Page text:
They Came to Cordura (1959)

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    • They Came to Cordura (1959)




      Plot Summary
      After a cavalry charge during the 1916 U.S. "war against Pancho Villa,"
      unheroic awards officer Tom Thorn (who is obsessed with the nature of courage)
      recommends 4 men for the Medal of Honor. He is ordered back to Cordura with them...
      and prisoner Adelaide Geary, gringo who sheltered the enemy.
      On the arduous journey, Thorn's heroes show a different face,
      and Thorn may have one last chance to prove he's no coward.
      Written by Rod Crawford

      Gary Cooper ... Major Thomas Thorn
      Rita Hayworth ... Adelaide Geary
      Van Heflin ... Sgt.John Chawk
      Tab Hunter ... Lt. William Fowler
      Richard Conte ... Cpl. Milo Trubee
      Michael Callan ... Pvt. Andrew Hetherington
      Dick York ... Pvt. Renziehausen
      Robert Keith ... Colonel Rogers
      Carlos Romero ... Arreaga
      Jim Bannon ... Capt. Paltz (as James Bannon)
      Edward Platt ... Colonel DeRose
      Maurice Jara ... Mexican Federale
      Sam Buffington ... 1st Correspondent
      Arthur Hanson ... 2nd Correspondent

      Robert Rossen

      Writing Credits
      Ivan Moffat ... (screenplay) &
      Robert Rossen ... (screenplay)
      Glendon Swarthout ... (novel)

      William Goetz ... producer

      Elie Siegmeister

      Burnett Guffey ... director of photography

      Besides looking far too old for his character, Gary Cooper was actually quite ill during shooting,
      and participated in this film against the advice of his doctors.
      Towards the end of the film he was dragged 100 yards along the ground by a railroad handcar,
      something film critic Stanley Kauffmann complained about in an issue in the magazine New Republic.

      In a 1960 interview John Wayne criticized this film and Montgomery Clift's Suddenly, Last Summer (1959),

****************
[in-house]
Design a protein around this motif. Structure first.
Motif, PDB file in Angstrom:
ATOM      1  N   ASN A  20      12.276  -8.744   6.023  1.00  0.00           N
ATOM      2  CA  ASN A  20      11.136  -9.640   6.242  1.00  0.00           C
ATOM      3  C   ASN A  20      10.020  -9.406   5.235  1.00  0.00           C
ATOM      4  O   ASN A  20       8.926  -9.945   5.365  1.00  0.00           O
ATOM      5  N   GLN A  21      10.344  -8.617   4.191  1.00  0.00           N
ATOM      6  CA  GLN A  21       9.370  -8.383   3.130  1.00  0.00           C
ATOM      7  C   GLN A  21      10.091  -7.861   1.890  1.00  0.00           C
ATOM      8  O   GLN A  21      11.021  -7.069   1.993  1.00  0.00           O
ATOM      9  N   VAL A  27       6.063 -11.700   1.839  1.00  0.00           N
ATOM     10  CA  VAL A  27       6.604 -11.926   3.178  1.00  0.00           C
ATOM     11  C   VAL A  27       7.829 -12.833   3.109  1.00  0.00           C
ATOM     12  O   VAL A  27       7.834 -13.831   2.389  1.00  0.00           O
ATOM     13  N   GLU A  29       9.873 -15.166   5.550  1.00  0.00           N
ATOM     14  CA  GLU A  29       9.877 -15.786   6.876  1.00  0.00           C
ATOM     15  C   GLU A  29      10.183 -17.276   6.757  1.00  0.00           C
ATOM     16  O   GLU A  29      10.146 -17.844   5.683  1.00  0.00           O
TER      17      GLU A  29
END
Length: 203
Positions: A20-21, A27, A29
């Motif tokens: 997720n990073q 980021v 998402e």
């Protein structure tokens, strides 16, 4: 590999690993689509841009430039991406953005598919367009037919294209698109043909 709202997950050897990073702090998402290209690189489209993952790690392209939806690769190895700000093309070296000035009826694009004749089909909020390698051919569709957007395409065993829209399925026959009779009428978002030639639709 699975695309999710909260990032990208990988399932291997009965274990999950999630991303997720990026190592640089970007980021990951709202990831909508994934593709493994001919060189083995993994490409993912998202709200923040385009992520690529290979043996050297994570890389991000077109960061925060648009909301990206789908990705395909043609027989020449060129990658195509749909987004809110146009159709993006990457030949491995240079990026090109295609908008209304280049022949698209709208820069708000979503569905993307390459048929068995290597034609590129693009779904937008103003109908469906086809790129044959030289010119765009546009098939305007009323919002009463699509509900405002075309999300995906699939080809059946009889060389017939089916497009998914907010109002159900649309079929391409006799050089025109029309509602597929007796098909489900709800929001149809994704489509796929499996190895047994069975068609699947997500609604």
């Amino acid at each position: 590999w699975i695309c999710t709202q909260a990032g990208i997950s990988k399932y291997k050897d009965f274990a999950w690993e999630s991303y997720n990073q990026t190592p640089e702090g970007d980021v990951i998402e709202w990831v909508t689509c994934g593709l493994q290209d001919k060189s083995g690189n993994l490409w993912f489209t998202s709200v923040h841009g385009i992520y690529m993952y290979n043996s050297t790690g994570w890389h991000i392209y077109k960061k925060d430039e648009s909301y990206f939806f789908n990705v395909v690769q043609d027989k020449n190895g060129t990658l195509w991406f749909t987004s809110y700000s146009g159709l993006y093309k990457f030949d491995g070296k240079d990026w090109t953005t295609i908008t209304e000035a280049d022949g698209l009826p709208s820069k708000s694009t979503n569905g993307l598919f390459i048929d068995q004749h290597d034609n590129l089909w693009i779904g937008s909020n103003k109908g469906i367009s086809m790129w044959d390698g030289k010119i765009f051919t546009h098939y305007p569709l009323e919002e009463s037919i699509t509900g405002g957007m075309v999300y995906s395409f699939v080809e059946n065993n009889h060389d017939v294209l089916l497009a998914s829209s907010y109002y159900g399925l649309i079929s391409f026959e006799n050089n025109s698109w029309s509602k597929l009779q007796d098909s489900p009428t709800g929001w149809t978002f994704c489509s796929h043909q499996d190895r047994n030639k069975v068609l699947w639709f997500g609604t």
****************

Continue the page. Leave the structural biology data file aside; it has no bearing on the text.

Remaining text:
both of which treated homosexuality (in this film because of an implied homosexual relationship
      between the characters played by Gary Cooper and Tab Hunter),
      as "poison polluting Hollywood's moral bloodstream."
      The latter, he said, was "too disgusting even for discussion."

      Dick York suffered a back injury during the filming of this movie and never fully recovered from it.
      Continuing back problems forced him off of the TV show
      Bewitched (1964) in 1969 and effectively ended his career. He spent his last years in poverty.

      Although Gary Cooper was 57, his character Major Thorn was supposed to be in his thirties.
      Early in the film it is mentioned that Thorn's father had recently been killed while still on active service.

      The film was originally intended to be two and a half hours in length, but was cut down to about two hours.
      Robert Rossen was restoring the film to its original length when he died in 1966.

      When the film was released both "Variety" and "Films in Review" complained
      that Gary Cooper was too old for his character.

      Gary Cooper was only six years younger than 63-year-old Colonel Rogers,
      although his character Major Thorn was supposed to be about thirty years younger.

      During filming Gary Cooper arranged for his daughter to "date" gay actor Tab Hunter.
      He had previously arranged for her to "date" gay actor Anthony Perkins
      while they were filming Friendly Persuasion (1956), a film he hated.

      Montgomery Clift turned down the role of Major Thorn.

      John Wayne said, "How they got Gary Cooper to do that one!
      To me, at least, it simply degrades the Medal of Honor.
      The whole story makes a mockery of America's highest award for valor.
      The whole premise of the story was wrong, illogical, because they don't pick the type of men
      the movie picked to win the award, and that can be proved by the very history of the award."

      There were rumors that Gary Cooper had undergone surgery earlier that year,